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May 12, 2006
No Sitting, Just No Dimes

I have written extensively on the malaise and disaffection rising in conservative ranks, a trend reflected in declining approval ratings for both George Bush and Congress. I wrote yesterday that movement conservatives may be washing their hands of the Bush administration, frustrated by its big-government approach and its vacillation on border security. Some took this as an indication that I have joined an effort to convince conservatives to sit on their hands this November -- in other words, to boycott the midterm elections in order to teach the GOP a lesson. Nothing could be further from the truth.

As I wrote a week ago, we have no particular requirement to keep our voices silent when any of our elected representatives enact bad policy or fail to act in what we see as the best interests of the nation. In fact, we have a duty to do so when we can do so effectively. That requires us to stay engaged in the electoral process, to ensure that our views and policies get the attention that comes from positive effort. We have to stay engaged in the process to receive the credibility we demand. Taking our ball and going home only paints us as unreliable, dictatorial people who can never engage in -- and win in -- the negotiations that policy implementation requires.

Instead of staying home, we need to get more involved. If your Representative or Senator votes for pork, bigger government, and ignores border security, look for a credible primary challenger to represent conservative values instead. Organize and speak out on behalf of candidates and politicians who do the right thing, even if they don't represent your district or state.

Most of all, do not donate to political drives controlled by leadership that no longer acts responsively. That means withholding contributions from the Republican Senate and Congressional re-election committees and redirecting your contributions to individual races instead. Those committees serve to enhance leadership control over the caucuses, and contributing to them only reinforces the current direction of the policies we have seen for the past five years. When Congressional and Senatorial leadership starts promoting smaller government and works to eliminate pork, then by all means support them once again.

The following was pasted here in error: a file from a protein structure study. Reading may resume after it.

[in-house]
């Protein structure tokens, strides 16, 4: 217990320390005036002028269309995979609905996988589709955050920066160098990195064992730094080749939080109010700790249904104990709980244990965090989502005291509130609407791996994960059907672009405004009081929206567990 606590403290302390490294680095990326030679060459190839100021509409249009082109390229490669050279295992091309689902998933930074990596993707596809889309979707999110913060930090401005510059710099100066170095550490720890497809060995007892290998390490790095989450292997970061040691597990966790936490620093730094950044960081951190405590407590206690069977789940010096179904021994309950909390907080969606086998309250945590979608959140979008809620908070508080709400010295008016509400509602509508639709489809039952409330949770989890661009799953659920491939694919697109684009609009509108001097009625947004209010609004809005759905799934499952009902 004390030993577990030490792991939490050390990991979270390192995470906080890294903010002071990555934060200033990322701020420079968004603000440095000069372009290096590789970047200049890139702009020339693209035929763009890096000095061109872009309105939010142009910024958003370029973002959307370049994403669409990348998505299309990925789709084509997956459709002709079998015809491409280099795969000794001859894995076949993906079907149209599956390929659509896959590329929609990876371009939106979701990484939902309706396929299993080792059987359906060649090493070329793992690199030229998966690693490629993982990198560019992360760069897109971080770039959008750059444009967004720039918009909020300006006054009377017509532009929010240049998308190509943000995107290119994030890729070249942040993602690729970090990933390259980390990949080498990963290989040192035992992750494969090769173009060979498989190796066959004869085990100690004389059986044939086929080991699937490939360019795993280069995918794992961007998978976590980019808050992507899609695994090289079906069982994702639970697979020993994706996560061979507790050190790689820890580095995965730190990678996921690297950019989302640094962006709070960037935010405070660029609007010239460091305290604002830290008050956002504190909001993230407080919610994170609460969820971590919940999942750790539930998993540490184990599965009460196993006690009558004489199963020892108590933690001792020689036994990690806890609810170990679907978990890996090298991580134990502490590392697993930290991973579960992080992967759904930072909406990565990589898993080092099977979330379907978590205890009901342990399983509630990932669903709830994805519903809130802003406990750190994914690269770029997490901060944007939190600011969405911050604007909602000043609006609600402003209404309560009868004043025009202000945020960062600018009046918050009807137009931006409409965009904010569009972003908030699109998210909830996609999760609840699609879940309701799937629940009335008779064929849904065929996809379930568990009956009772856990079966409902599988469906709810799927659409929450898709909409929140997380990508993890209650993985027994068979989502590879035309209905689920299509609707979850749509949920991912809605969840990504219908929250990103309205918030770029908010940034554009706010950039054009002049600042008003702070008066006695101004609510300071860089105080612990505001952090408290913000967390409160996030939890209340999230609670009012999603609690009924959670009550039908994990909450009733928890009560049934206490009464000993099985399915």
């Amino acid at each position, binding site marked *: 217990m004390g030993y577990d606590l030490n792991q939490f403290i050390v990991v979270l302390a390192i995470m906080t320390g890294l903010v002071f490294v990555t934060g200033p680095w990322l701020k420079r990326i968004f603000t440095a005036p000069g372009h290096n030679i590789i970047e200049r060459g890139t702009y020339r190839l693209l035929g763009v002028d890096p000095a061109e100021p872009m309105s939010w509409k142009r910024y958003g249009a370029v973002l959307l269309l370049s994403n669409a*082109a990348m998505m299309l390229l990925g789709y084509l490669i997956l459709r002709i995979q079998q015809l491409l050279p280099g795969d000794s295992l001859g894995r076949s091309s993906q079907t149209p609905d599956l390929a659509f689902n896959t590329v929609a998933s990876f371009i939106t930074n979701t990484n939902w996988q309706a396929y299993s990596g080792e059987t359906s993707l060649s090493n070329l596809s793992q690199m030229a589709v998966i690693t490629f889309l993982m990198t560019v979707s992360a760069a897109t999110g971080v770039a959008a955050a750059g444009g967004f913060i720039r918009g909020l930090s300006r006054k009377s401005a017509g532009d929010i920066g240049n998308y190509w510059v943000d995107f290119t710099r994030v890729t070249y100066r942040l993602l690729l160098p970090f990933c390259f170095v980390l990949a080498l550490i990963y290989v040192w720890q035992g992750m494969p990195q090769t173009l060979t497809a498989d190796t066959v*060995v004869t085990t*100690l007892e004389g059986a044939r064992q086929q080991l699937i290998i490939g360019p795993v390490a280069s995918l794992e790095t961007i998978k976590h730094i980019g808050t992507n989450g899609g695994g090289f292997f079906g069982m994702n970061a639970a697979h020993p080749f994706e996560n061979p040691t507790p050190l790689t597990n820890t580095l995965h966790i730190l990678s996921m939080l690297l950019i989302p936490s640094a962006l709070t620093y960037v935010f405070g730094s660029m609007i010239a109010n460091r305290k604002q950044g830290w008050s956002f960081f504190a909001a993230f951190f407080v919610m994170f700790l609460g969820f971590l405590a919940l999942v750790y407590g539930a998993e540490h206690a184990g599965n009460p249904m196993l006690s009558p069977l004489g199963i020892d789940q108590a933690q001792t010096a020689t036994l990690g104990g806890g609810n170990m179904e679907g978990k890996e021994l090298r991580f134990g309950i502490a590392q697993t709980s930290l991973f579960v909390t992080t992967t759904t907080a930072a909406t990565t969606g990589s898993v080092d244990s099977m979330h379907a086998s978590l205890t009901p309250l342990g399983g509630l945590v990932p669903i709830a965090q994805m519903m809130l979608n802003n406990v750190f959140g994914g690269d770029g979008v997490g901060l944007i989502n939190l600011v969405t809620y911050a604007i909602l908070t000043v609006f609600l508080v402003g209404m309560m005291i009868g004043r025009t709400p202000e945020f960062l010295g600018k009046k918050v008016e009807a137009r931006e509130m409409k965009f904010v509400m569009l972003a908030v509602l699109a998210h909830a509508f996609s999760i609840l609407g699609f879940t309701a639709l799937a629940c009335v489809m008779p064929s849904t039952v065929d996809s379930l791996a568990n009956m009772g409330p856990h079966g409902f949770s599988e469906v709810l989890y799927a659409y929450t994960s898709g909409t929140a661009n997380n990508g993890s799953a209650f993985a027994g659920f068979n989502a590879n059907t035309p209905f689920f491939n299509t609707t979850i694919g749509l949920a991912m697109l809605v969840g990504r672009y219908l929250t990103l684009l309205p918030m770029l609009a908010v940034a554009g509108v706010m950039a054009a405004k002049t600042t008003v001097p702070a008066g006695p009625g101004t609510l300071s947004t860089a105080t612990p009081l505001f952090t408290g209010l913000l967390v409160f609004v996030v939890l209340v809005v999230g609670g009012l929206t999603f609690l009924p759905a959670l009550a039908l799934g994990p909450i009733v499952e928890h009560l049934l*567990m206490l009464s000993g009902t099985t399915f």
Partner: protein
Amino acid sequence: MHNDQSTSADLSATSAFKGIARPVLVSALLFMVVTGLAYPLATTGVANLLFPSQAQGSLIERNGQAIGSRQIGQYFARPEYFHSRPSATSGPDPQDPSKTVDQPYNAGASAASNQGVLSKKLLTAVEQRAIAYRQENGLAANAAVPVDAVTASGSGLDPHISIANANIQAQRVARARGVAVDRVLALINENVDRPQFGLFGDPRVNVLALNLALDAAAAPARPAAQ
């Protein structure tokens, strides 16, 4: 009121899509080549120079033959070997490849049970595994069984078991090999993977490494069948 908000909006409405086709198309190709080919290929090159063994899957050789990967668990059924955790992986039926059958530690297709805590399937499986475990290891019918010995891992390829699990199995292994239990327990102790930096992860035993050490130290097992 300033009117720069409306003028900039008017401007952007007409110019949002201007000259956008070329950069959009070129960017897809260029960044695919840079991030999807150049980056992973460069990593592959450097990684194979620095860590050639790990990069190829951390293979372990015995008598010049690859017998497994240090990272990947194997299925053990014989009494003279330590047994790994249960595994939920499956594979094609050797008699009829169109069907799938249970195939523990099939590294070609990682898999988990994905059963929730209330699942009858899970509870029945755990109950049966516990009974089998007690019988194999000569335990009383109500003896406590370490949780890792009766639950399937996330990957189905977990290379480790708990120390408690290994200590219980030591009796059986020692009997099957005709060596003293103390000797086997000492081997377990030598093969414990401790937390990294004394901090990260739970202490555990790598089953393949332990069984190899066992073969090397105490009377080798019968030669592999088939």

However, we still have to vote in November. If our preferred candidate does not win in the primaries, we still have to act responsibly and choose between the two major party candidates in the general election. Not only will abdication result in a loss of control over our own representation, the failure of GOP candidates has national implications that will wind up hamstringing the politicians that really have worked on our behalf -- the Tom Coburns, the John Boehners, the Jon Cornyns. And by sitting on our hands, we will have proven too inflexible to be dependable -- which will only encourage Republican candidates to reach out to the center-left more than ever before.

No sitting on one's hands, not now and not in November either. We call ourselves the party of personal responsibility, and it is up to us to demonstrate it.

UPDATE: Bruce Kesler worries that I have acquired conservative battle fatigue in my criticisms of Congress and the Bush administration. I disagree; what I have decided is that silence and cooperation has not forwarded the visions of limited government and border security. If we are to be taken seriously, then we must speak out. I still would vote for George Bush if 2004 came back around, and I still support him, but I disagree with a number of his policies. As I write here, I'm attempting to exercise the influence necessary to change them, not to toss him under the bus altogether.

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Posted by Ed Morrissey at May 12, 2006 12:59 PM

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